Over the weekend, in a speech at the Cinema Audio Society’s CAS Awards, director Steven Spielberg reminded listeners yet again that he’s specifically dedicated to a theater-based cinematic experience as “a firm believer that movie theaters need to be around forever.” Accepting the Filmmaker Award at the event, Spielberg said, “I hope all of us really continue to believe that the greatest contributions we can make as filmmakers is to give audiences the motion picture theatrical experience.”

Spielberg’s comments may seem innocuous — there’s nothing controversial about a director who’s largely made his name on big, expensive Hollywood blockbusters stating that he likes big-screen movies and wants to see the format last — but his comments have been taken as a pointed slight against streaming services like Netflix and Hulu. And they come at a contentious time in the industry, as perceived streaming upstarts challenge big studios for audiences and official recognition. Netflix’s first run at an Oscar for Best Picture, with its original film Roma, has prompted a renewed debate about the relative place of theatrical releases versus streaming releases.

In the face of that debate over what makes a release qualify as a movie, Spielberg seems to be on the side that feels that streaming-service releases shouldn’t be eligible at big awards shows because, regardless of length or storytelling mode, they’re primarily intended for a home viewing platform. “Once you commit to a television format, you’re a TV movie,” Spielberg told ITV News in an interview last year. “You certainly, if it’s a good show, deserve an Emmy, but not an Oscar. I don’t believe films that are just given token qualifications in a couple of theaters for less than a week should qualify for the Academy Award nomination.”

Spielberg echoed a similar thought at the CAS Awards, emphasizing that, for all the high-quality content streaming services are producing and regardless of the quality of people’s home theater setups, “there’s nothing like going to a big dark theater with people you’ve never met before, and having the experience wash over you.”

It does seem strange that Spielberg would be so against the idea of outlets like Netflix and HBO funding personal, non-commercial films like Roma, though, given that he’s expressed urgent concerns over the current studio model and how it’s more focused on big-budget blockbusters that leverage popular franchises at the expense of smaller films.

Back in 2013, Spielberg discussed his fears for “a whole bunch of really interesting, deeply personal — and even maybe historical — projects that may get lost in the shuffle” in today’s Hollywood, as studios focus on big event films with potential billion-dollar paydays. Spielberg predicted an “implosion where three or four or maybe even half a dozen of these mega-budgeted movies are going to go crashing into the ground.” At that same event, filmmaker George Lucas worried that increasing film costs and suffering studios would drive up theater ticket prices: “Going to the movies is going to cost you 50 bucks, maybe 100. Maybe 150.”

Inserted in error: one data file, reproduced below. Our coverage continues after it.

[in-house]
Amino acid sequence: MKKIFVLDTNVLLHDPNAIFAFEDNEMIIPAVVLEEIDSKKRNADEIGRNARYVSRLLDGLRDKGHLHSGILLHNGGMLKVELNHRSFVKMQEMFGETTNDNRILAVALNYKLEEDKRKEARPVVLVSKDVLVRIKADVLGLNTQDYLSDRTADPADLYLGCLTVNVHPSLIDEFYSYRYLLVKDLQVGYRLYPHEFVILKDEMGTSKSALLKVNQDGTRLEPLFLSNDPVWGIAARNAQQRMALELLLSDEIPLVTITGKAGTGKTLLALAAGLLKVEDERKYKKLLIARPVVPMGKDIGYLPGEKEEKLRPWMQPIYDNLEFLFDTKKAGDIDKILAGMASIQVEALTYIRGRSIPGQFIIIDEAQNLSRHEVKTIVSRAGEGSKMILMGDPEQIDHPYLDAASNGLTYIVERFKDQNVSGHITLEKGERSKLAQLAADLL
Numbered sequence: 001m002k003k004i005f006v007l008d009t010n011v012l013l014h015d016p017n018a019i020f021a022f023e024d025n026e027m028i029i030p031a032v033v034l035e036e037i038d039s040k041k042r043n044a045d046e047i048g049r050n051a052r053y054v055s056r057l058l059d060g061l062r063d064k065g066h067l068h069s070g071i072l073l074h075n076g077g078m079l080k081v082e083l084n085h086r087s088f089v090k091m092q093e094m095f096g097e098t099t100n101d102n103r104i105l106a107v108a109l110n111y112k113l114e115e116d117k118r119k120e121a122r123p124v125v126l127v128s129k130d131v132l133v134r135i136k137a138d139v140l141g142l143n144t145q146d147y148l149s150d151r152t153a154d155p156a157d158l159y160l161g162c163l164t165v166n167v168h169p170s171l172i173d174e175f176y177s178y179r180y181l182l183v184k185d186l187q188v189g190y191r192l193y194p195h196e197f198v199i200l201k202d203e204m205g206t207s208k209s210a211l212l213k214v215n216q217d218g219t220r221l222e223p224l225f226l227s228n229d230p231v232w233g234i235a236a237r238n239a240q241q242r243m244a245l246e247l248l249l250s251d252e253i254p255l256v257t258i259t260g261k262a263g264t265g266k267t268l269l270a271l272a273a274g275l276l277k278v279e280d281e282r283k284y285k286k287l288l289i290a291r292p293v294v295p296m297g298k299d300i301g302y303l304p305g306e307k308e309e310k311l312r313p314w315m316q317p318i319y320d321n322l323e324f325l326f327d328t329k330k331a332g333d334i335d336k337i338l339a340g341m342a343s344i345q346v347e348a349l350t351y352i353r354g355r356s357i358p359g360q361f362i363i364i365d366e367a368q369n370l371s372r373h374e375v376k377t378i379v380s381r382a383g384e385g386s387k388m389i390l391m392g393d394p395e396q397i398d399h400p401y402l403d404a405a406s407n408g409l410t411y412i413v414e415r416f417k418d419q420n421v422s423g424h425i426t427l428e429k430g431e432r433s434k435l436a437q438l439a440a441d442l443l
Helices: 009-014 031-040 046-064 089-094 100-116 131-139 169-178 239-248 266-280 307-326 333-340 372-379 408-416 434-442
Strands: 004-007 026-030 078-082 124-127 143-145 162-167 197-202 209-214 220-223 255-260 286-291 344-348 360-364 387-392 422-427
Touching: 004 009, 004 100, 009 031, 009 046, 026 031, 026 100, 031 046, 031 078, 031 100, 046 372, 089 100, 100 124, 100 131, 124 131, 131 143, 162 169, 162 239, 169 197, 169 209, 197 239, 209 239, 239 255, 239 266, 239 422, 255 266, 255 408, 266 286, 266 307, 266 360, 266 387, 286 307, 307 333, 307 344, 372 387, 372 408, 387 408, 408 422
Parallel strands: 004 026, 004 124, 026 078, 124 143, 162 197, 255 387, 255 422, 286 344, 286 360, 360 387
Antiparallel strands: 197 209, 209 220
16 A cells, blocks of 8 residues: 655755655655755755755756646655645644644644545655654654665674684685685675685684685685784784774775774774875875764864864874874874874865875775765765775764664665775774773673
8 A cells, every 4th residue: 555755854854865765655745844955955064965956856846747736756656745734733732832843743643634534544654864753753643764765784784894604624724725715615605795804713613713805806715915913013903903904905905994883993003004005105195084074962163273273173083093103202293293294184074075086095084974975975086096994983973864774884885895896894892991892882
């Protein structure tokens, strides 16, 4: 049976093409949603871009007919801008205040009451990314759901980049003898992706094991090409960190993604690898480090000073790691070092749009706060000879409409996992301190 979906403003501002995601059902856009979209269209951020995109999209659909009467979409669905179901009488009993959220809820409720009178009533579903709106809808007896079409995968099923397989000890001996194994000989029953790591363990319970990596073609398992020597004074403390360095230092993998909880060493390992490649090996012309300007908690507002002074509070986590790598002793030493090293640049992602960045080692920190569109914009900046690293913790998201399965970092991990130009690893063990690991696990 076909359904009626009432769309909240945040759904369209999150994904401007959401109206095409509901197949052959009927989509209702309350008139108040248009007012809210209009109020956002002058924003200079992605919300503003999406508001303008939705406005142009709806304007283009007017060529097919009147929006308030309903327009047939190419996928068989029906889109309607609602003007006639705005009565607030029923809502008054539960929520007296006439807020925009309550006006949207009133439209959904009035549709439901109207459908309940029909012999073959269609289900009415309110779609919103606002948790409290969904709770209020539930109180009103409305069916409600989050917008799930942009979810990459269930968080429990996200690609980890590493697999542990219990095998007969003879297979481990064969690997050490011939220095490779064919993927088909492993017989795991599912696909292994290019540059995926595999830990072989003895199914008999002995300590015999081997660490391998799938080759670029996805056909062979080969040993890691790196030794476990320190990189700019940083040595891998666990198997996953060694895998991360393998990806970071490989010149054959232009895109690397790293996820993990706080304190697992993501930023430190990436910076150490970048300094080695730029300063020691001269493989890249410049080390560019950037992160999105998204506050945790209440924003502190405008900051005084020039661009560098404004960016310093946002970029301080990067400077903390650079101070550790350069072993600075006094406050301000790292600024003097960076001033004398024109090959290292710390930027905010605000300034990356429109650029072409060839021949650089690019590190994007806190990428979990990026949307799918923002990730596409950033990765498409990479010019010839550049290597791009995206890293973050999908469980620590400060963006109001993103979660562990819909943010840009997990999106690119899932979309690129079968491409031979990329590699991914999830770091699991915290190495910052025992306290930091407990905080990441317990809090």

But while Spielberg is concerned about the future of theaters, he also seems to be objecting to recognition for the alternative channels that are enabling small- to mid-scale movies. In the same ITV interview where he lamented that a Netflix-style “TV movie” shouldn’t be nominated for an Academy Award, he also noted, “A lot of studios would rather make branded, tent-pole, guaranteed box office hits… than take chances on smaller films. And those smaller films that studios used to make routinely are now going to Amazon, Hulu, and Netflix.”

These two concerns — that studios are shutting out small movies and that streaming services might be getting too much recognition for small movies — appear antithetical. But Spielberg’s argument seems to emphasis categorization above all else: it seems that, no matter how worthwhile a film may be (and as he noted in his CAS speech, streaming services’ “TV” films do feature some of the top work in the industry right now), “TV movies” undermine theaters, even if those films spend some time there first. That seems like a strangely backward philosophy that puts presentation above content.

But he authentically seems to mean it not as a swipe against the streaming industry, but as an expression of anxiety for theaters. Currently, the numbers do show some cause for concern. The Motion Picture Association of America’s annual box office numbers show box office takes as comparatively equitable over the last 20 years, despite steadily rising ticket prices. But it seems highly unlikely that industry recognition for a film like Roma would really have any effect on people’s willingness to head to the cineplex for the latest Godzilla remake or superhero film. It may simply fall on concerned, respected industry leaders like Spielberg to come up with creative solutions to the problems they see as dominating the industry. If Spielberg doesn’t like big studios focusing on big films and big paydays or small streamers earning attention for daring personal projects, what does he want to see happen in the industry?